Facebook is promising to keep advertisers away from 'fiercely debated social issues'
- Facebook is blocking certain types of content from making money from ads, such as fake news publishers.Michael Seto / Business Insider
- The company wants to send a message to advertisers that it is taking "brand safety" seriously.
- One area it plans to keep marketers away from is "fiercely debated social issues."
Facebook is rolling out a slew of new policies and guidelines aimed at making advertisers more comfortable about where their ads will run and what kind of content they'll be adjacent to.
The announcements are summed up in a new blog post by Facebook's vice president of global marketing solutions titled "Providing More Clarity and Control for Advertisers."
Specifically, Facebook has spelled out what kind of publishers are and aren't allowed to make money from ads on the social networking platform. There are nine such content genres that are off limits.Some are fairly straightforward: for example, you can't make money from ads on Facebook if you steal other publishers content or logos. Facebook won't run ads next to adult content, or content that promotes illegal activity or drug abuse, either.
But others are more subjective, like Facebook's promise to help marketers avoid more sensitive topics. "Content flagged as misinformation and false news may be ineligible or may lose their eligibility to monetize," reads Facebook's new guidelines.
In other words, Facebook doesn't want to fund fake news.
Other hot button content areas Facebook has decided to keep advertisers away from: any creators who appropriate children characters and has them doing adult things (violence, sex, drug use), along with articles on tragedies.
One prohibited area that may open up Facebook to scrutiny from free speech advocates: it will no longer run ads alongside content focused on "fiercely debated social issues."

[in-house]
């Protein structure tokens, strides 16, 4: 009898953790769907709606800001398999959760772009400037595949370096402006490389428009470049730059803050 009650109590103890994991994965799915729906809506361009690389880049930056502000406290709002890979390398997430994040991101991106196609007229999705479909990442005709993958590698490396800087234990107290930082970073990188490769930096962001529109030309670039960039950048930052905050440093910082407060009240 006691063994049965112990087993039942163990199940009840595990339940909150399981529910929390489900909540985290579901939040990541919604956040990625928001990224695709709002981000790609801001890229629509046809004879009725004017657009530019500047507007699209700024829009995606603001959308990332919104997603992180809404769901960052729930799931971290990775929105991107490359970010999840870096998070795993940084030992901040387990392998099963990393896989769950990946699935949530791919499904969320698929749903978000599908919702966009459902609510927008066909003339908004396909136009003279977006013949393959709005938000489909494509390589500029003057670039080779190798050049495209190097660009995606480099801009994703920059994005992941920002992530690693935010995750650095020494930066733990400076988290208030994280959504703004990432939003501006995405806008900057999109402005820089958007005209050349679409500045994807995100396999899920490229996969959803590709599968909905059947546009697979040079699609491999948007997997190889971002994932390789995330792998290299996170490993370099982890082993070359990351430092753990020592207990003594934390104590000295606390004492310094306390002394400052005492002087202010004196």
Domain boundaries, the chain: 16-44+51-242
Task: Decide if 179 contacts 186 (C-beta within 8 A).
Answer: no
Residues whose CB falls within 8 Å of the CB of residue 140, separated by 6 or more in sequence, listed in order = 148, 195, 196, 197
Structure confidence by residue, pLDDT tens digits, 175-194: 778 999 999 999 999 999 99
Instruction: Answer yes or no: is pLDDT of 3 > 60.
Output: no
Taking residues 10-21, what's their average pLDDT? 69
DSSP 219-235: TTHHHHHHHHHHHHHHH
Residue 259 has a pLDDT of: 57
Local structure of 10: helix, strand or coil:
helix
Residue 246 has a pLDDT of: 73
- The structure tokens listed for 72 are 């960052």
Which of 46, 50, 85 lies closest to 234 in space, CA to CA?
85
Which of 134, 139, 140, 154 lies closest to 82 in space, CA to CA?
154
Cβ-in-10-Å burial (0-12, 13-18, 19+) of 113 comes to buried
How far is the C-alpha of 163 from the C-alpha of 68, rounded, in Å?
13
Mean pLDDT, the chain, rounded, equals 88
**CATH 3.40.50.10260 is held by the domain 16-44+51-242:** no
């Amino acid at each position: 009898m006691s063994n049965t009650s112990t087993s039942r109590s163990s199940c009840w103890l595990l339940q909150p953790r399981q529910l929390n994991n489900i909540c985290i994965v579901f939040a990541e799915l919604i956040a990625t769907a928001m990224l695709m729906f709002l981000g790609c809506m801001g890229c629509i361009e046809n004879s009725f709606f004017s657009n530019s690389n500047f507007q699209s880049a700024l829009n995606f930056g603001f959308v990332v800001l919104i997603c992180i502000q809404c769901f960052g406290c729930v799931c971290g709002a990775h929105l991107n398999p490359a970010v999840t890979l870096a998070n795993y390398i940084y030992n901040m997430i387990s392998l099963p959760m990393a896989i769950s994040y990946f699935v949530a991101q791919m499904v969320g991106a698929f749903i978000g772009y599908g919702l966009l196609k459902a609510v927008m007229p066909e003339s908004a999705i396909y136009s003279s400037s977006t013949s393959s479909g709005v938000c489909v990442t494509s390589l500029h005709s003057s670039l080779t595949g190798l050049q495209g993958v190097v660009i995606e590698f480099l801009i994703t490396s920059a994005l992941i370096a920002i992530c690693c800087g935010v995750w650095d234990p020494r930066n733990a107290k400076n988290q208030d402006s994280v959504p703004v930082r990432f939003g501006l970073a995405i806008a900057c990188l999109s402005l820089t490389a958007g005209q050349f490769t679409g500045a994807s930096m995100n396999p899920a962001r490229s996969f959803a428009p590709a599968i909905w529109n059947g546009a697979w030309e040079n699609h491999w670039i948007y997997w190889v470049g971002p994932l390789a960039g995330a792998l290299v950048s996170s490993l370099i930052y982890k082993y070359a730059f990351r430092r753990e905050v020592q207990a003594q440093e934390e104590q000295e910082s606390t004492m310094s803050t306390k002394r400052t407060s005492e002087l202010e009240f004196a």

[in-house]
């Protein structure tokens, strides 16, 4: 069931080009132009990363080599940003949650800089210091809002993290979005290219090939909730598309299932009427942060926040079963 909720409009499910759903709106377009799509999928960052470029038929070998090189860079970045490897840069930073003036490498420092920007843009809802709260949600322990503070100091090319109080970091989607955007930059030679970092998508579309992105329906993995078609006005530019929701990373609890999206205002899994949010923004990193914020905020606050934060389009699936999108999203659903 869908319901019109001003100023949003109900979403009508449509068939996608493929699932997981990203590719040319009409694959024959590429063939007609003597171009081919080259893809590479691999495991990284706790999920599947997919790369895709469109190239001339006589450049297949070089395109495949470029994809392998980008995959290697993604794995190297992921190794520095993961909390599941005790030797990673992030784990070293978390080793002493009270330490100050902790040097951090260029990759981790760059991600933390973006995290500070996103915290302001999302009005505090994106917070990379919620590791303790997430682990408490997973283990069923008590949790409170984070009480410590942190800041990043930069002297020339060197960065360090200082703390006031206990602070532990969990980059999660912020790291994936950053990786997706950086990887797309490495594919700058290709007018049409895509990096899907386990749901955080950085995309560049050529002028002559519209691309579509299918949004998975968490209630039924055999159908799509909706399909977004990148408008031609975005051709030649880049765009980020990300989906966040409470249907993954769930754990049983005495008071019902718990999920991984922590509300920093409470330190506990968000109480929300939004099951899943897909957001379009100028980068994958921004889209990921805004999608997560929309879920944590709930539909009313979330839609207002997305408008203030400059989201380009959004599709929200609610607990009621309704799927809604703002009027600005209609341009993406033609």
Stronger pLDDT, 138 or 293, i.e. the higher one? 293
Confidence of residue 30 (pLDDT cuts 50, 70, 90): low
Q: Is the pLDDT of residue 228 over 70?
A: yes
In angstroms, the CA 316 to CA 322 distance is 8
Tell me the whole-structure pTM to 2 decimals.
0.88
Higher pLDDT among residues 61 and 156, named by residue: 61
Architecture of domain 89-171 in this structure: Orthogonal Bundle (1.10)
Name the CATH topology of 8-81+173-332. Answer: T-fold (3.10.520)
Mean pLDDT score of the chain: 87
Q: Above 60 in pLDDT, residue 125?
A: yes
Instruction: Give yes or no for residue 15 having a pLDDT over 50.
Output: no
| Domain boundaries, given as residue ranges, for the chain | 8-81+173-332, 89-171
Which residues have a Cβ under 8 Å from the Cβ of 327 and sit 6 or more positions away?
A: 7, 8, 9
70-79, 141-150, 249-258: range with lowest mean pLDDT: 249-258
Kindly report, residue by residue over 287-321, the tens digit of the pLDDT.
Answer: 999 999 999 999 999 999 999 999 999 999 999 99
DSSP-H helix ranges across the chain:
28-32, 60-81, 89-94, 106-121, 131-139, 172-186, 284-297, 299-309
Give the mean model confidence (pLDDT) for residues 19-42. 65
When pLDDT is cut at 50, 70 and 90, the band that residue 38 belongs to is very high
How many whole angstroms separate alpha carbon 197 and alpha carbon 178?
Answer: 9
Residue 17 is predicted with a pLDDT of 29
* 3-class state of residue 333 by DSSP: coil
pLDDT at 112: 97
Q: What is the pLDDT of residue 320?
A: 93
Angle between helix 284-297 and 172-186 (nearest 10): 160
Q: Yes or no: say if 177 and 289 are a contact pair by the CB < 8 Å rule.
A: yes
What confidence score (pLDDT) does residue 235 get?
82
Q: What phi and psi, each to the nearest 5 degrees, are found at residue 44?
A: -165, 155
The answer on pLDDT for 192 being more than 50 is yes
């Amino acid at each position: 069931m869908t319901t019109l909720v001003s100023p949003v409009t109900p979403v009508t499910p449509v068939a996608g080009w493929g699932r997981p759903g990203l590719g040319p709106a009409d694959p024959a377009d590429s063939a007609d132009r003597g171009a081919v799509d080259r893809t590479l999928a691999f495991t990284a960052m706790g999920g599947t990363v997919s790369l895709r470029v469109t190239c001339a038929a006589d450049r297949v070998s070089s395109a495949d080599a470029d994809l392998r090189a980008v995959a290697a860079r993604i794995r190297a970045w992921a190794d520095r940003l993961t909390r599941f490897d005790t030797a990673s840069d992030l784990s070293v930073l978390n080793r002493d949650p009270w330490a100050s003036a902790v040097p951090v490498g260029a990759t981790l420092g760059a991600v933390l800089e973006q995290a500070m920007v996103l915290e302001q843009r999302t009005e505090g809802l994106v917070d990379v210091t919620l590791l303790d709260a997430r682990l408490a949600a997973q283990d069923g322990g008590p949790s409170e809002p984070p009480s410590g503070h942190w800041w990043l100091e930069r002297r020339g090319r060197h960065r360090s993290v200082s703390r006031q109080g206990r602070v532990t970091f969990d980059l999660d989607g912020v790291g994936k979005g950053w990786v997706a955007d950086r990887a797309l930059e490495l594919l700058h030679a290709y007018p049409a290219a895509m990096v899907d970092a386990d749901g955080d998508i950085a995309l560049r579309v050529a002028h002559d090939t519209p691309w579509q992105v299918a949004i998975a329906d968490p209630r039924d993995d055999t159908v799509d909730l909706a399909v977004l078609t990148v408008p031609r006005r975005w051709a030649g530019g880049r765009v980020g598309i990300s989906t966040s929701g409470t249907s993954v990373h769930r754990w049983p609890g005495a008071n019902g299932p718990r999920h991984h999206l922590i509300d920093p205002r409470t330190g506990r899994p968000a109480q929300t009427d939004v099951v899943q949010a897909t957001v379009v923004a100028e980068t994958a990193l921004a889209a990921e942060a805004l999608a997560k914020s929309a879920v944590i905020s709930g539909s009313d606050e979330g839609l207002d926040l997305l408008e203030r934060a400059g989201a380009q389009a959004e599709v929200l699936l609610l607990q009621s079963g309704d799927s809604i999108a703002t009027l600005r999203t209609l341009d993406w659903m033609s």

"Content that is incendiary, inflammatory, demeaning or disparages people, groups, or causes is not eligible for ads. Content that features or promotes issues attacks on people or groups is generally not eligible for ads, even if in the context of news or awareness purposes," Facebook's new policy said.It's interesting that Facebook is focusing so much on brand safety. It is a highly discussed issue in digital advertising at the moment, to be sure, but it is something that has hit YouTube along with the darker corners of the web more than Facebook.
Given the inherent complexity in digital advertising, where middleman ad tech companies often place ads automatically in milliseconds, many big advertisers like Procter & Gamble are worried that their ads will end up next to hate videos, or risque content, and are scrutinizing their digital media spend like never before.
Yet until recently, if marketers had a big gripe with Facebook, it was likely their string of very public measurement and analytics mistakes over the past year. Facebook has agreed to have some of its data measurement independently audited by the Media Rating Council, an industry watchdog group, in a process that is expected to take 18 months.
Facebook says it wants to address those concerns as well. As part of its new policies, advertisers will also get more control ahead of time when running campaigns on Facebook, including detailed reports on where their ads are scheduled to show up, the company said.
The new content eligibility rules come at an interesting time for Facebook, as the tech giant continues to take fire for its role in the spread of misinformation during the 2016 election, along with the revelation that Russian-led groups advertised on Facebook during that time.
"I think the way we're looking at it is, all these issues can get very conflated," Everson told Business Insider. "Marketers can paint a broad picture of digital media, that it's all not safe, it's not accountable. We couldn't agree more that this industry need a healthy ecosystem. And brand safety is a component of that. We want our advertisers to feel safe. Whether or not we've gotten dinged or not is not the point. We want to get out in front of it."